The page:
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Frequently Asked Questions

Q:  How much jail time will I get?

A:  If you've recently been arrested and charged with a crime, your first concern is probably the prospect of facing jail time.  Keep in mind though, that without having thoroughly reviewed your case, it's impossible for any attorney to accurately guess whether or not you'll actually end up in jail and, if so, for how long .  Be very wary of any attorney who makes predictions or guarantees without having seen the evidence and spoken with the DA, the judge, the victim, any witnesses, the investigating officers, etc.

Having a qualified, local attorney on your side can often reduce the likelihood that you'll end up in jail.  Even if you are convicted and sentenced to serve custody, an experienced, knowledgeable attorney may be able to negotiate a way for you to serve your time without actually sitting in a jail cell.  Alternative sentences may include house arrest, community service, counseling, or making a "donation" to some charitable group. 

Q:  What are the chances of having my DUI reduced to a "Wet & Reckless"?

A:"Wet & Reckless" ("W&R") driving is a reduced charge that is sometimes offered as part of a plea deal in DUI cases.   When you plead guilty to W&R, you are essentially admitting that you violated some traffic law while you had a measurable amount of alcohol in your blood, but not that you were actually impaired by alcohol.   The penalties for W&R are significantly lower than a DUI conviction.  They usually carry little or no jail time, lower fines, and shorter alcohol classes.  

The DA's willingness to offer a W&R typically depends on the strengths and weaknesses of your case.  The more difficulty a DA anticipates in proving your guilt to a jury, the more likely he or she might be to propose a reduced charge during plea negotiations.   Often, an experienced DUI defense attorney can convince the DA that the case against you is not as strong as they had initially believed.  After thoroughly reviewing all of the relevant discovery in your case, your attorney might find evidence of sloppy police work, unreliable crime lab results, poorly preserved evidence, conflicting witness statements and other "technical" defenses that can be used to poke holes in the DA's case.  Experienced prosecutors know when their case is weak.  They're often eager to accept a reduced charge rather than risk losing at trial.  

As mentioned though, it's impossible to guess whether or not you might have any technical defenses without spending a significant amount of time poring over the evidence in your case.  After your attorney has had a chance to thoroughly review all the evidence, then he or she will have a better idea about the likelihood of negotiating a reduction in your charges. 

Q:  Should I spend my money on a private attorney or just go with the Public Defender?

A:  When you're charged with a misdemeanor or a felony, your first decision must be whether or not to invest the money in hiring a private attorney.  If you can prove that you have a very low income, no assets and no ability to hire your own attorney, you probably qualify for the services of the Public Defender's Office.  Public Defenders are employed by the county to represent criminal defendants who cannot afford their own attorneys.  If you have a steady job or significant assets, you might not qualify for the Public Defender's services.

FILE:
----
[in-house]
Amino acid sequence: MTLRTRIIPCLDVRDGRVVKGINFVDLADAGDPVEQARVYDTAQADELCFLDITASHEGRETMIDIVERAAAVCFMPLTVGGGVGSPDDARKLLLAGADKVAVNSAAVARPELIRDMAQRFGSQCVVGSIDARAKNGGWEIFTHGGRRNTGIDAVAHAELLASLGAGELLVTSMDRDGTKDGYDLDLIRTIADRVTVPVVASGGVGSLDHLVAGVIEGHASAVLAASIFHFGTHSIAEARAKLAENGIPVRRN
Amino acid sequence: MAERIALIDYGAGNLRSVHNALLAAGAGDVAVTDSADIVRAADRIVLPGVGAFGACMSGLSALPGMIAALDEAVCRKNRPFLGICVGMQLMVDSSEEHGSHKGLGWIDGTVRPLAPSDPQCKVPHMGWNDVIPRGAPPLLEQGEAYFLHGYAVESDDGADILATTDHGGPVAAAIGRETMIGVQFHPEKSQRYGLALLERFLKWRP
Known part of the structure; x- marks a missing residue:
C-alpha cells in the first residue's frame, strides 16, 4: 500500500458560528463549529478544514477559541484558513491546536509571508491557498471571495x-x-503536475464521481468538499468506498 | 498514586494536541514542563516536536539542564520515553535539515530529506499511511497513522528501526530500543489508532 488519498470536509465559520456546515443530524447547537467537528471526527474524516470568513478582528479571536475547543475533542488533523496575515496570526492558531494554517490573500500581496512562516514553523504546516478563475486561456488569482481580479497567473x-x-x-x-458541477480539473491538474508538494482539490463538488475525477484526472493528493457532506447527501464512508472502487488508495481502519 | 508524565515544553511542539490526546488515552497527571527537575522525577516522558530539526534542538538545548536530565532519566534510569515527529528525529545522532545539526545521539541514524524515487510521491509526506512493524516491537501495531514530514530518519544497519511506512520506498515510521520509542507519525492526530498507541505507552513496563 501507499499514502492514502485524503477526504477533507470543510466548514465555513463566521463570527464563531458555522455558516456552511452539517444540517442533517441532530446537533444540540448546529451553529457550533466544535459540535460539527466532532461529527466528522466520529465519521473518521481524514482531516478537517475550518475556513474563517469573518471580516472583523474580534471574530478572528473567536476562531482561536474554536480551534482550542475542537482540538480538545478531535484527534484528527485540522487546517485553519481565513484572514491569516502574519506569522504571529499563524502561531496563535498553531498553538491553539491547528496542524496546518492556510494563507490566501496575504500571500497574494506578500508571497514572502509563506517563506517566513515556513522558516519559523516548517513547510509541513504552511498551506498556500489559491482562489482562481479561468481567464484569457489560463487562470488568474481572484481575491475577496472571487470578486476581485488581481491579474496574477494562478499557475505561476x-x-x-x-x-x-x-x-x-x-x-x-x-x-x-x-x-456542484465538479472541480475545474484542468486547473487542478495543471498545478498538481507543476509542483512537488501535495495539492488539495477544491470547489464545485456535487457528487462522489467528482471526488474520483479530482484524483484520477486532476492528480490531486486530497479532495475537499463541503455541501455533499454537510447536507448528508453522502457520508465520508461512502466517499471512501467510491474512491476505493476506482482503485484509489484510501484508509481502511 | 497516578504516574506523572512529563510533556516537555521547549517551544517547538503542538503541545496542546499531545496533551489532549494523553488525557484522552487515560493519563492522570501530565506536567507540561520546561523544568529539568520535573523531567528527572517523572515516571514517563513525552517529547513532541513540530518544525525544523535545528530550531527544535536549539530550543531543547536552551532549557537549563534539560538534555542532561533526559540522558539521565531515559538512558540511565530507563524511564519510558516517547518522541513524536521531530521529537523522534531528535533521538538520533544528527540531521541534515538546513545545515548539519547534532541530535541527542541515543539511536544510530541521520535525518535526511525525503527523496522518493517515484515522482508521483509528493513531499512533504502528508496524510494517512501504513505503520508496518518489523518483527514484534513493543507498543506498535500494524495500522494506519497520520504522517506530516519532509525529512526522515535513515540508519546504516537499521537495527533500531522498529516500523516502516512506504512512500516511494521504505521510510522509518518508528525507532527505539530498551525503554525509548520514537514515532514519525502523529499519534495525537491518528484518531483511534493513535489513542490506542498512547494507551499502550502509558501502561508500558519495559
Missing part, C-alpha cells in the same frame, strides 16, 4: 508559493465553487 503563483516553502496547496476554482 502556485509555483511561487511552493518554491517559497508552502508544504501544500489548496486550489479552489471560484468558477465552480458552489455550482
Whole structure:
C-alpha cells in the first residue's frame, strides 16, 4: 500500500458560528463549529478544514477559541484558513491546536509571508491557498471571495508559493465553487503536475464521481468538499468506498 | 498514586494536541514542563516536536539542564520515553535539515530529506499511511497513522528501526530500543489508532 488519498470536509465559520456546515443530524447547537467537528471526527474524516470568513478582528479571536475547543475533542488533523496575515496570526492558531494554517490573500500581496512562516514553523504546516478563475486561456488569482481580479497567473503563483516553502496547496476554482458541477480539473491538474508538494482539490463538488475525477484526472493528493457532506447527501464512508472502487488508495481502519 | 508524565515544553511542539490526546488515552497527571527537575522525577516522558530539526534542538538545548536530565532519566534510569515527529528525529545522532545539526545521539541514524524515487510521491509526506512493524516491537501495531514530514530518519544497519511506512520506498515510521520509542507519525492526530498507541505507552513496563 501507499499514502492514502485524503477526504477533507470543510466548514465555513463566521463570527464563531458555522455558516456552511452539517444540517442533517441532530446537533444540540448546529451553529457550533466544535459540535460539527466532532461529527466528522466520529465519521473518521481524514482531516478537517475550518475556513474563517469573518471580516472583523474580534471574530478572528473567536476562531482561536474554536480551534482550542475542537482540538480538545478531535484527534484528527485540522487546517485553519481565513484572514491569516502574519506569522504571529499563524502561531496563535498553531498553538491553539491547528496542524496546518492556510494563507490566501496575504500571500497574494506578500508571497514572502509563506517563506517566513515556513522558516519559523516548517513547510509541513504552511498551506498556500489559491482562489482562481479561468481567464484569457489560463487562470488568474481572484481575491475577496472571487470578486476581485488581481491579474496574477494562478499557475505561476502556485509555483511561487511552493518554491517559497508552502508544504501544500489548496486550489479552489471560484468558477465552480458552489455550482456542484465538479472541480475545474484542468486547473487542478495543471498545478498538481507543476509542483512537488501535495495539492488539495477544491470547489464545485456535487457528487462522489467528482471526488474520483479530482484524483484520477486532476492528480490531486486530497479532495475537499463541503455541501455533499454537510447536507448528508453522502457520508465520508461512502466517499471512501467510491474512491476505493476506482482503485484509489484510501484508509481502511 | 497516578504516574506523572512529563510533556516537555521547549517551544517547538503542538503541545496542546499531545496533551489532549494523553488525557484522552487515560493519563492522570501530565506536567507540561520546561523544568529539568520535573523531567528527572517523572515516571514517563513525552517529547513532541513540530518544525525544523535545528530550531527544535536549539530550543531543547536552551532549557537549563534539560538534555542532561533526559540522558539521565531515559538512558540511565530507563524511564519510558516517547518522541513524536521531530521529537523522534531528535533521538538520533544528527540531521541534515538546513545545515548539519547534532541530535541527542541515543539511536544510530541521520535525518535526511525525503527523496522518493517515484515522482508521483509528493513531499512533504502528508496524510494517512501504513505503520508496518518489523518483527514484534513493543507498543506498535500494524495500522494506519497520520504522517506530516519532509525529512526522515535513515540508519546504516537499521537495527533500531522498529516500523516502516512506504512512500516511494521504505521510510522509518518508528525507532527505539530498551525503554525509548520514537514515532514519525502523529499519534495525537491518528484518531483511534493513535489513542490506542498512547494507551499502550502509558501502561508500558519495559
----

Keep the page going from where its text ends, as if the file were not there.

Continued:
Many people fall into the grey area:  they have some money and could probably afford to hire an attorney if they wanted to, but they're also concerned about spending thousands of dollars, unsure what they'll actually get in return.   They might qualify for the Public Defender's services based on their income, but they're not totally confident in the PD, based on horror stories that they've heard from friends or seen on TV.  

There are obvious advantages and disadvantages to using the PD's services rather than hiring a private attorney. PDs are generally very experienced and knowledgeable because they're in the same courtroom all day, every day. They tend to have good relationships with judges and they know local procedures as well or better than any private attorney.   Best of all, they're usually free (or cheap) for those individuals who qualify.   

There are also strong advantages to hiring a private attorney if you have the resources to do so.  Even though PDs are generally knowledgeable and highly experienced, their caseloads are notoriously heavy.  Your PD probably has 75 clients just like you every single day.  They have to juggle hundreds of open cases at a time with a very limited budget and scarce resources.  Don't expect your PD to return your phone calls or to make himself available to sit and speak with you. There are simply not enough hours in the day for your PD to devote any quality time to your case.  

As a private law firm, we can cap our caseload at a manageable number of clients, always making sure that we have sufficient time to devote to each case individually. Our business is built upon client relationships and we will work to earn your satisfaction.   When you retain our office, you can rest easy knowing that your attorney is working tirelessly on your behalf.  Our staff will promptly return your calls and will keep you well-informed so that you're prepared when it comes time to make important decisions regarding your case.  

In most misdemeanor cases, a private attorney can appear in court on your behalf without you having to personally come to court.  

If you have the resources to do so, your interests will be best served by retaining the services of an experienced, private attorney to handle your case.